[Date Prev][Date Next][Thread Prev][Thread Next][Date Index][Thread Index]

RE: oilheads-digest V4 #210


Date: Mon, 15 Sep 2008 15:03:01 -0400
From: "Buffton, William M." <wbuffton@xxxxxxxxxxx>
Subject: Fuel distrubution line replacement-HELP!!!

I have the unfortunate situation of needing to replace the plastic fuel
distribution lines on my 94 R1100RS due to the fact that some moron who
had previously worked on the bike used plyers on said plastic line in
order to get it apart from the rubber gas line and managed to perforate
the FD lines. The job looks like "disassemble entire bike, replace part,
and reassemble entire bike". I'm fine with the  removal of the fairing
and tank as well as lines but the issue of splitting the frame where it
joins the engine in order to remove the airbox is daunting to say the
least. While in principal  it appears to involve 2 bolts, cracking
things loose and removing the airbox, I'm having a hard time seeing it
as something that simple. While I'm by no means a mechanic, I  do have
tools and know the front of the bike from the back. Is this job
something that I should take to the dealer or am I making more of it
than it is? When the bolts are out, does one simply lift the subframe
away from the engine? Does it need to be moved much in order to get the
airbox out?
Any help from the brotherhood would be much appreciated.



Will Buffton, PSA/MH
Hickory Run State Park
Whitehaven, Pa. 18661
Phone: 570-443-9524
Fax: 570-443-9177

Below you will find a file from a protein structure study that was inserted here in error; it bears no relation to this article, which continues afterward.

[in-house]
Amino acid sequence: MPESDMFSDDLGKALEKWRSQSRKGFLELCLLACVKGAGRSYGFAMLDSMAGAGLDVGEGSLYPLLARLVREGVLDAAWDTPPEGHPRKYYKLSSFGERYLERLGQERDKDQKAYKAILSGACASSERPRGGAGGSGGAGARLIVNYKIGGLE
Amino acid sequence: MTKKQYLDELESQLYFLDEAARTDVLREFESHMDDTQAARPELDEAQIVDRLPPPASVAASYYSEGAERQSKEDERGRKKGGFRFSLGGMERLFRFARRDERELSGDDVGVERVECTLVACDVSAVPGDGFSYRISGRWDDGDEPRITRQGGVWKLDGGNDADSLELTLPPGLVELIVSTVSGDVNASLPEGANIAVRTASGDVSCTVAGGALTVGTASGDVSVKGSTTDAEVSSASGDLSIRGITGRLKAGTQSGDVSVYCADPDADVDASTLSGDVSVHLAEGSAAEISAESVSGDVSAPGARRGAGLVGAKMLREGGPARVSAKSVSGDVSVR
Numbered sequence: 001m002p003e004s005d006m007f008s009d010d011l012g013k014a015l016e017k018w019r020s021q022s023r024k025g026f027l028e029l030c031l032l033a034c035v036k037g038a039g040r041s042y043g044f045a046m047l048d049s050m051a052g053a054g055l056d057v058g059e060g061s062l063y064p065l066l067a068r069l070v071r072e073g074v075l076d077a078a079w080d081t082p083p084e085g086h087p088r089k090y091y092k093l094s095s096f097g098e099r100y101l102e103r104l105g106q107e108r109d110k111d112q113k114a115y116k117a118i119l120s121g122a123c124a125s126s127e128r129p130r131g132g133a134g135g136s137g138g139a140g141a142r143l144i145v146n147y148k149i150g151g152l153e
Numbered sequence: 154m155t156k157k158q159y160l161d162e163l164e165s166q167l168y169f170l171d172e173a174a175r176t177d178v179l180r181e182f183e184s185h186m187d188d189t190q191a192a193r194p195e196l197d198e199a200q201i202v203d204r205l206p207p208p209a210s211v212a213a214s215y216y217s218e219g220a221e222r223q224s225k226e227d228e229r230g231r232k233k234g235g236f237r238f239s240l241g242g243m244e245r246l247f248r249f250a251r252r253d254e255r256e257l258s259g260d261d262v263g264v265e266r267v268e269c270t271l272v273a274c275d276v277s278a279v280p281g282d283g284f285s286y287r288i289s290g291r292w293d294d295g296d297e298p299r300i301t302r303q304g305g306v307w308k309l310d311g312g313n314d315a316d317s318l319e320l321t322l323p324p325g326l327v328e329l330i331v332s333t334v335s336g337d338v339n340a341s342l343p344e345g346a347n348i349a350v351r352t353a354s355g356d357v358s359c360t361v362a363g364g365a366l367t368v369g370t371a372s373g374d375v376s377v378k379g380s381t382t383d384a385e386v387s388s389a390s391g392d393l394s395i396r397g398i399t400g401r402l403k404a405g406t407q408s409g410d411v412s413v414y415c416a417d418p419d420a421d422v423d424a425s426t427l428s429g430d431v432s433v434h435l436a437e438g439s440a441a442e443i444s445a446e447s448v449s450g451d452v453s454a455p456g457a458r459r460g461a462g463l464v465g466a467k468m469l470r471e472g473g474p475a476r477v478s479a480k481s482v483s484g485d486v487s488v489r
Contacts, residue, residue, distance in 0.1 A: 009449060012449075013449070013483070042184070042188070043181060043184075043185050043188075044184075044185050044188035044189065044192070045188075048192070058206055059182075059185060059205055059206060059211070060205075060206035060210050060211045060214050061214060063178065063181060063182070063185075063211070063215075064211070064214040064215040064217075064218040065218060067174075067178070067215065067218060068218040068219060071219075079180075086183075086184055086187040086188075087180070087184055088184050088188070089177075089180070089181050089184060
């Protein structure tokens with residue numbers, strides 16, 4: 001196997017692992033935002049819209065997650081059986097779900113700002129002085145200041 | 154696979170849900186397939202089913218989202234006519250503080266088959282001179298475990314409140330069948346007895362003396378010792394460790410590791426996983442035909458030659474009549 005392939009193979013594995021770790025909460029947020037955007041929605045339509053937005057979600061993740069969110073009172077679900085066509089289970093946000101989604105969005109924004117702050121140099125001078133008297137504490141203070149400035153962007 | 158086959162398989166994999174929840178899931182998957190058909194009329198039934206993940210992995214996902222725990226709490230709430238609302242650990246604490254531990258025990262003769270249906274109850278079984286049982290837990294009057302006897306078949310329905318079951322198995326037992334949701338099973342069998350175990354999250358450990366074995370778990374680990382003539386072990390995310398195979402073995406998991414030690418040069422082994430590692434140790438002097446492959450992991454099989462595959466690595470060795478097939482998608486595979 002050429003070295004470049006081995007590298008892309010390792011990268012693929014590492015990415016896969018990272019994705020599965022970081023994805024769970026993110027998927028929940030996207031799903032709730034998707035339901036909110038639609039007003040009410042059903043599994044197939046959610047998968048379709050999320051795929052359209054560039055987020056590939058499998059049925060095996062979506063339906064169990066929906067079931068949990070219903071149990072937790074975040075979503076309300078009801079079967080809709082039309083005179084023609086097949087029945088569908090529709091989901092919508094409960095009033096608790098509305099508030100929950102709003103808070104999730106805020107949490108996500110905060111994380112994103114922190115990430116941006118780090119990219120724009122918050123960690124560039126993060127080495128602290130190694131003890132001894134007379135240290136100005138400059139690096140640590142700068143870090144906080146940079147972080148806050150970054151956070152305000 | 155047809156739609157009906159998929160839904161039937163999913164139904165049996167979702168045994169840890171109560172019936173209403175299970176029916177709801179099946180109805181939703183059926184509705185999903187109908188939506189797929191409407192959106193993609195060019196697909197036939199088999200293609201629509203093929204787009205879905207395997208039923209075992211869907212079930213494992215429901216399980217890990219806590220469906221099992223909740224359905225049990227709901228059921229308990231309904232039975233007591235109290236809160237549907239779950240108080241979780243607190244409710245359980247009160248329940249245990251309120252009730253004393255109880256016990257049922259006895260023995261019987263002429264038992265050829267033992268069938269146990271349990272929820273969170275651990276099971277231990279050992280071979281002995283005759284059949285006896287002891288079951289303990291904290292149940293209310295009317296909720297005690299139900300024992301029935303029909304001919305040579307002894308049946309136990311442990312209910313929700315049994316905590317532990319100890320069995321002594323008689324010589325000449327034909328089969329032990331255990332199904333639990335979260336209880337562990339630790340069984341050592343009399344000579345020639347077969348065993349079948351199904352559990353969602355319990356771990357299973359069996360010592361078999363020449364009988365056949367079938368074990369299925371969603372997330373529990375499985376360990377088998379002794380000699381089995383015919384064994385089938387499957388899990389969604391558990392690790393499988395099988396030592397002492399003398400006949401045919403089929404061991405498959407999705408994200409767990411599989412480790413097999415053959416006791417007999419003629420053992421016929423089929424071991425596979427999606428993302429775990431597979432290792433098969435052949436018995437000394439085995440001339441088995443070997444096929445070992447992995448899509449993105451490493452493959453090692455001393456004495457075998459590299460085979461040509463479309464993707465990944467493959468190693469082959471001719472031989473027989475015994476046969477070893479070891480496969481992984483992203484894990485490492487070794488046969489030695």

Hi Will

Ive done it a couple of times to R&R the transmission on my R1100RT. It
looks more intimidating than it really is. Get a copy of the R11xx
factory tech manual. I can send you a link if you don't have it. It is
terse but complete.
It helps to be working in an area that has exposed rafters that you can
tie a rope to to hold the rear subframe up once you get it broken free.
Otherwise, plan on props of some kind to hold it up. It also helps to
have another pair of hands to guide wiring bundles into place and to
make sure nothing gets pinched or falls on the wrong side of another
part. You only need to raise it far enough to clear the airbox, much
less than pulling the transmission. The tricky part is making sure you
get all of the electrical connections separated and then reconnected.
Take lots of pictures of things like ABS brake line routing on the right
side. Tag both sides of electrical connections before separating.
There are a lot of parts that have to be removed and replaced in a
certain order, but nothing tricky or requiring Loctite or a torque
wrench unless you decide to do the splines "while you are in there".
Sometimes that is not a good idea and leads to much extra work and
wasted money. DAMHIKIJK.


Bob Covey
Thousand Oaks CA
'96 R1100RT